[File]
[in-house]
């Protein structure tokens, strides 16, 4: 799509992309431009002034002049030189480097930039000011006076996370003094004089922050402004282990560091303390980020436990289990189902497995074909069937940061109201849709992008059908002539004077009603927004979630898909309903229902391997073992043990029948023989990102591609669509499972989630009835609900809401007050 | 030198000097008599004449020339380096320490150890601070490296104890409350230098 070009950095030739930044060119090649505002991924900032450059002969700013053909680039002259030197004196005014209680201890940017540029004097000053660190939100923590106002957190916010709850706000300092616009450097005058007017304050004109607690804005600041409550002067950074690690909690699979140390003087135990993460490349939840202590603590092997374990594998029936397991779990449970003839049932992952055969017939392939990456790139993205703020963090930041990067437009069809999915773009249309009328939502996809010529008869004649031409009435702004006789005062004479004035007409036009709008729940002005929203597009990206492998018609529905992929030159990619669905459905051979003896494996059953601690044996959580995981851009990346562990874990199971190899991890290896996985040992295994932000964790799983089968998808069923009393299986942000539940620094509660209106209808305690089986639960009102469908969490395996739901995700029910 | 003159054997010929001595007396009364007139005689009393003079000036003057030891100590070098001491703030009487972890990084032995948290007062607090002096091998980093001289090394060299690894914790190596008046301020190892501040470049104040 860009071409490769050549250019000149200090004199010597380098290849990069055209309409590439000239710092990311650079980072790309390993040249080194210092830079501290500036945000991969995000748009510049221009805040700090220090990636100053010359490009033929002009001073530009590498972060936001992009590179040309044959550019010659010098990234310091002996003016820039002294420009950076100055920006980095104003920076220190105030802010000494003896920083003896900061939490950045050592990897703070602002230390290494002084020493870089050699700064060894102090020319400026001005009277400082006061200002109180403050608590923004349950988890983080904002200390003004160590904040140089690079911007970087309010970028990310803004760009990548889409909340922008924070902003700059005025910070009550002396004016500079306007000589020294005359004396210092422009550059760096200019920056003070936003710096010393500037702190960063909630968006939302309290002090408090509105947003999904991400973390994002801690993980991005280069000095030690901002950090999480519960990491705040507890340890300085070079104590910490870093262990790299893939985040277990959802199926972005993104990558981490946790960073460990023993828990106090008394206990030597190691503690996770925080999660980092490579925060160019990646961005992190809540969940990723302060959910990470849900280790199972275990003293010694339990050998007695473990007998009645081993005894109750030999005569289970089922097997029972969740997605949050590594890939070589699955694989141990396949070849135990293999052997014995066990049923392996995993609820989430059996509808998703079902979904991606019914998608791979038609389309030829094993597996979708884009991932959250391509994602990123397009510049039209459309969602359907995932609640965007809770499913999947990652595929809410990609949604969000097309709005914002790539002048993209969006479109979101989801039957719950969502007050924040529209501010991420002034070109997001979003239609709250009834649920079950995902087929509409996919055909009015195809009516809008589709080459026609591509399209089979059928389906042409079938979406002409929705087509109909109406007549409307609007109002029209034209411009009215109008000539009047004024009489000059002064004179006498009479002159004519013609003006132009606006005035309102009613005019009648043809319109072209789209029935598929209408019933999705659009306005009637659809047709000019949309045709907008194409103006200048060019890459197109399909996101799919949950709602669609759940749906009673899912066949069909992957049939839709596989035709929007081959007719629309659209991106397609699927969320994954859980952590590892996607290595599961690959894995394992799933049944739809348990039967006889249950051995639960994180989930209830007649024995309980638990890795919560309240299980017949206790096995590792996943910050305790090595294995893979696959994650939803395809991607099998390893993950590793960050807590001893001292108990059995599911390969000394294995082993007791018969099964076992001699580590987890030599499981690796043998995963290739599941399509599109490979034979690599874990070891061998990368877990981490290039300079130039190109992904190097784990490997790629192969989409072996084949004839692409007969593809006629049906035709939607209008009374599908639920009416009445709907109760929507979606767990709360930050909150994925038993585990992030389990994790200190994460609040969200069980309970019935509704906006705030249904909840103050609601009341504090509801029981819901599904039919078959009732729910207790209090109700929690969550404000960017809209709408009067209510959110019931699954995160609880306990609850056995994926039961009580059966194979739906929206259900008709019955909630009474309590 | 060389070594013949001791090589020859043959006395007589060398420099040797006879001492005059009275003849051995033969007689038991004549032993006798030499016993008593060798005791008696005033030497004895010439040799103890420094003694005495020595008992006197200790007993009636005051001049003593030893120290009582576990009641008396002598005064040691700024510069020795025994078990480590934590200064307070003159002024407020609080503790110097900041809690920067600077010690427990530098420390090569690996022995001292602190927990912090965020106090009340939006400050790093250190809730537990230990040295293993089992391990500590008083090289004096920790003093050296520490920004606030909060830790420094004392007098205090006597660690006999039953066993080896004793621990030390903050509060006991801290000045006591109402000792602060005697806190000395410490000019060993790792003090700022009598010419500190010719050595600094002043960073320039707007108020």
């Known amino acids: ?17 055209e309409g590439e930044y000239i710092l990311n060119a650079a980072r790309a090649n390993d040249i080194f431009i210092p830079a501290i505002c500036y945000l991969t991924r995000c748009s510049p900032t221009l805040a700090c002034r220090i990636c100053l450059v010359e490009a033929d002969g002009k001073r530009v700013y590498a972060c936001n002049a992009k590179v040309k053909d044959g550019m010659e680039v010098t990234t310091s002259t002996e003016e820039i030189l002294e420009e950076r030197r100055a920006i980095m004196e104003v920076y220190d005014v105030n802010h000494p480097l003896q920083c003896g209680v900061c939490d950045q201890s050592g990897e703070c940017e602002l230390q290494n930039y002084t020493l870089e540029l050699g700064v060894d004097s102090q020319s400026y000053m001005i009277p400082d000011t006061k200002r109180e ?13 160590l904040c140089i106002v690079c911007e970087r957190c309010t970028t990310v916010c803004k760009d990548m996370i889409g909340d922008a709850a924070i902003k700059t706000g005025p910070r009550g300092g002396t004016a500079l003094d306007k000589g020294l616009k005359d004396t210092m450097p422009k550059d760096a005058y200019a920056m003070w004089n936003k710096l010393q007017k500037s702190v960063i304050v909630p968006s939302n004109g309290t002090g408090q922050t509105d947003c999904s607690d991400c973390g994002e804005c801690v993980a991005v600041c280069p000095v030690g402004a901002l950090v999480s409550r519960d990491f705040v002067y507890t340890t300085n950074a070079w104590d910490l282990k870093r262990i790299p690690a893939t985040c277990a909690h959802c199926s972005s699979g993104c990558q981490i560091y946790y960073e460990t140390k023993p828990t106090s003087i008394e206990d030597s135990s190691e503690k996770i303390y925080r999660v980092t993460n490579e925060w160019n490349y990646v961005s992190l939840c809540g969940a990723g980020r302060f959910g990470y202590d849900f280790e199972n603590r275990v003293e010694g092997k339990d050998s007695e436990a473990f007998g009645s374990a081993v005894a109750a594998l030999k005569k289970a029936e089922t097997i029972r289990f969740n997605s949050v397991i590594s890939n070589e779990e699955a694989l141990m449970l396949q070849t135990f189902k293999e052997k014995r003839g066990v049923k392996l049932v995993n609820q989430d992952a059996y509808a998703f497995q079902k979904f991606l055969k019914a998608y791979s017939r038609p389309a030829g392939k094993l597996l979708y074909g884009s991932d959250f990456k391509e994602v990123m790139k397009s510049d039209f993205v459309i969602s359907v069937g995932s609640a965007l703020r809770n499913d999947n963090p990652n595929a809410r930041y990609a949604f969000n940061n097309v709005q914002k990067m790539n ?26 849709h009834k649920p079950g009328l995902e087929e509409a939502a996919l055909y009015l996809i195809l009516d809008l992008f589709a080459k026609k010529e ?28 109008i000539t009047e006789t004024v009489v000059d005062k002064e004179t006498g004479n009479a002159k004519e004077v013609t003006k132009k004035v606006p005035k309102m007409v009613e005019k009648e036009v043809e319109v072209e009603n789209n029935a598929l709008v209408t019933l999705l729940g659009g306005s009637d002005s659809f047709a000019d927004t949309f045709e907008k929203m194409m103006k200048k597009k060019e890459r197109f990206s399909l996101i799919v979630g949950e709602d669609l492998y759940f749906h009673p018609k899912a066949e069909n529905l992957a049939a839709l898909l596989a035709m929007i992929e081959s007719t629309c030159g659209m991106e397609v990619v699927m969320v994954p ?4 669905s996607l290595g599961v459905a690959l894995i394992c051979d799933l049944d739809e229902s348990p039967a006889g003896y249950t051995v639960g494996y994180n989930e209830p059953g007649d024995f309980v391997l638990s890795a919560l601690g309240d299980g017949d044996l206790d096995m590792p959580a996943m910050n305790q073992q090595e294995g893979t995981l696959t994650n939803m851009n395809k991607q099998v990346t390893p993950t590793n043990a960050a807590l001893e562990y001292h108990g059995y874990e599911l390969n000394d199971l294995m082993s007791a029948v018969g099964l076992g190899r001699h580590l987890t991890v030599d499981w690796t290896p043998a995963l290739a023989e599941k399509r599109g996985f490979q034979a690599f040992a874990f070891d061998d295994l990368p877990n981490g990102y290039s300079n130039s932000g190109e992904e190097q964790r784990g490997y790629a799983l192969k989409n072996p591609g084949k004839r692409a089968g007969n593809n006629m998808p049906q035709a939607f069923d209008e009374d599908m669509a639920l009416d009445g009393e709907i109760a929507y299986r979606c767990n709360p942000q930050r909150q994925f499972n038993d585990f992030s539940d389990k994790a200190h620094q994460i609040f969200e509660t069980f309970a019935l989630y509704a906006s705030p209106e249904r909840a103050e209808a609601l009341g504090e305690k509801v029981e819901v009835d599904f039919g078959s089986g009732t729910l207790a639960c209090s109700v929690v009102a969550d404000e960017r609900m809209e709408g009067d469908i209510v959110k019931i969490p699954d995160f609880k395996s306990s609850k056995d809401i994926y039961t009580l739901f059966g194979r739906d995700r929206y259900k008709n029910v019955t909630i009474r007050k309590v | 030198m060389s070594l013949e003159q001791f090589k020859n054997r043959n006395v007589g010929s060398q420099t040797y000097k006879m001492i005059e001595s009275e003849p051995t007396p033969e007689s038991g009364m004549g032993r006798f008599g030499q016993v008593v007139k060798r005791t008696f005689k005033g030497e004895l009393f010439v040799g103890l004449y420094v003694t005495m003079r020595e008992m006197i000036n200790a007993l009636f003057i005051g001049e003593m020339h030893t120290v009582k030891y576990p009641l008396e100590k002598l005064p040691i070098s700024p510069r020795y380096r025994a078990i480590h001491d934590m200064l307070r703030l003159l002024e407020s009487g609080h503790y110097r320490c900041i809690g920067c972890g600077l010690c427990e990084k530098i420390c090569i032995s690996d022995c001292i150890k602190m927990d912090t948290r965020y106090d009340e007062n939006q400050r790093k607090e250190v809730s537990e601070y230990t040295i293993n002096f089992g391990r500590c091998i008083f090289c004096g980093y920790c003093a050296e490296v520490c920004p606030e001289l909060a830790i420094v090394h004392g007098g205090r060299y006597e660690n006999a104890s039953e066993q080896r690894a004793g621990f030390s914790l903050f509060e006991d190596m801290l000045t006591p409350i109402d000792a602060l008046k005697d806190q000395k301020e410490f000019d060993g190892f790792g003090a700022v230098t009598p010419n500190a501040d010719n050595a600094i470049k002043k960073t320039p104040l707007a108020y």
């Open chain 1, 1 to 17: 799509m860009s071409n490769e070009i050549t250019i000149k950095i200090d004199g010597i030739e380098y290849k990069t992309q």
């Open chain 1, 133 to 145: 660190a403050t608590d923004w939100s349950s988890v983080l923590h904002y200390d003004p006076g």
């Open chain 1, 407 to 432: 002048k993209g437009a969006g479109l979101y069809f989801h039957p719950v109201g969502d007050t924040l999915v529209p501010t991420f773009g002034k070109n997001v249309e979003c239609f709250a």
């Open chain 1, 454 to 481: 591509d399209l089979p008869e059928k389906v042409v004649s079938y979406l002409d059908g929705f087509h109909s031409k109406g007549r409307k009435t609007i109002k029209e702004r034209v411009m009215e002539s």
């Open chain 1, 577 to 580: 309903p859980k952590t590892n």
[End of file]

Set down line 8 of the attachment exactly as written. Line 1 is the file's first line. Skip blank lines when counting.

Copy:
């Open chain 1, 577 to 580: 309903p859980k952590t590892n």